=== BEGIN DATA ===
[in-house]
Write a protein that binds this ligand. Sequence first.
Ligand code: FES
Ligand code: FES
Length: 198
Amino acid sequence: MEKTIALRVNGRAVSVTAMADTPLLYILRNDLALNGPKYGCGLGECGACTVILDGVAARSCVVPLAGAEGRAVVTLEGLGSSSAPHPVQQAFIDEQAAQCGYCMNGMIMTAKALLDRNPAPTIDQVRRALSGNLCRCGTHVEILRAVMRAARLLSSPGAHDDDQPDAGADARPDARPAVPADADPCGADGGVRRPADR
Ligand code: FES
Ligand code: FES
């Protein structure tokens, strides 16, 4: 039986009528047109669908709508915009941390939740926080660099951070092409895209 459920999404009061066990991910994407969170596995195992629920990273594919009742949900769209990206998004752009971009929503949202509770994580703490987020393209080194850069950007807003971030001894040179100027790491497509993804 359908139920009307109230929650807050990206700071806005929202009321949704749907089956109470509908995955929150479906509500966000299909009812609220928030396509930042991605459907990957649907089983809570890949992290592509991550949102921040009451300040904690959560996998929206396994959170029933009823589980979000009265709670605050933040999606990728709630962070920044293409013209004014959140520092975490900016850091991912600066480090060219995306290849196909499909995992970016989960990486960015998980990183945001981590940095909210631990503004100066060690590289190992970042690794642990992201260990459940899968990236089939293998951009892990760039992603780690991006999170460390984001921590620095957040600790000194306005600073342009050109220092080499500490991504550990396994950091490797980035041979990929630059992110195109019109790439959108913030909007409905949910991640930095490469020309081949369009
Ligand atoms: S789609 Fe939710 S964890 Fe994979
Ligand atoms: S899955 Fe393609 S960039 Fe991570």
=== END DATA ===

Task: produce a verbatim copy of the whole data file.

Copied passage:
[in-house]
Write a protein that binds this ligand. Sequence first.
Ligand code: FES
Ligand code: FES
Length: 198
Amino acid sequence: MEKTIALRVNGRAVSVTAMADTPLLYILRNDLALNGPKYGCGLGECGACTVILDGVAARSCVVPLAGAEGRAVVTLEGLGSSSAPHPVQQAFIDEQAAQCGYCMNGMIMTAKALLDRNPAPTIDQVRRALSGNLCRCGTHVEILRAVMRAARLLSSPGAHDDDQPDAGADARPDARPAVPADADPCGADGGVRRPADR
Ligand code: FES
Ligand code: FES
């Protein structure tokens, strides 16, 4: 039986009528047109669908709508915009941390939740926080660099951070092409895209 459920999404009061066990991910994407969170596995195992629920990273594919009742949900769209990206998004752009971009929503949202509770994580703490987020393209080194850069950007807003971030001894040179100027790491497509993804 359908139920009307109230929650807050990206700071806005929202009321949704749907089956109470509908995955929150479906509500966000299909009812609220928030396509930042991605459907990957649907089983809570890949992290592509991550949102921040009451300040904690959560996998929206396994959170029933009823589980979000009265709670605050933040999606990728709630962070920044293409013209004014959140520092975490900016850091991912600066480090060219995306290849196909499909995992970016989960990486960015998980990183945001981590940095909210631990503004100066060690590289190992970042690794642990992201260990459940899968990236089939293998951009892990760039992603780690991006999170460390984001921590620095957040600790000194306005600073342009050109220092080499500490991504550990396994950091490797980035041979990929630059992110195109019109790439959108913030909007409905949910991640930095490469020309081949369009
Ligand atoms: S789609 Fe939710 S964890 Fe994979
Ligand atoms: S899955 Fe393609 S960039 Fe991570």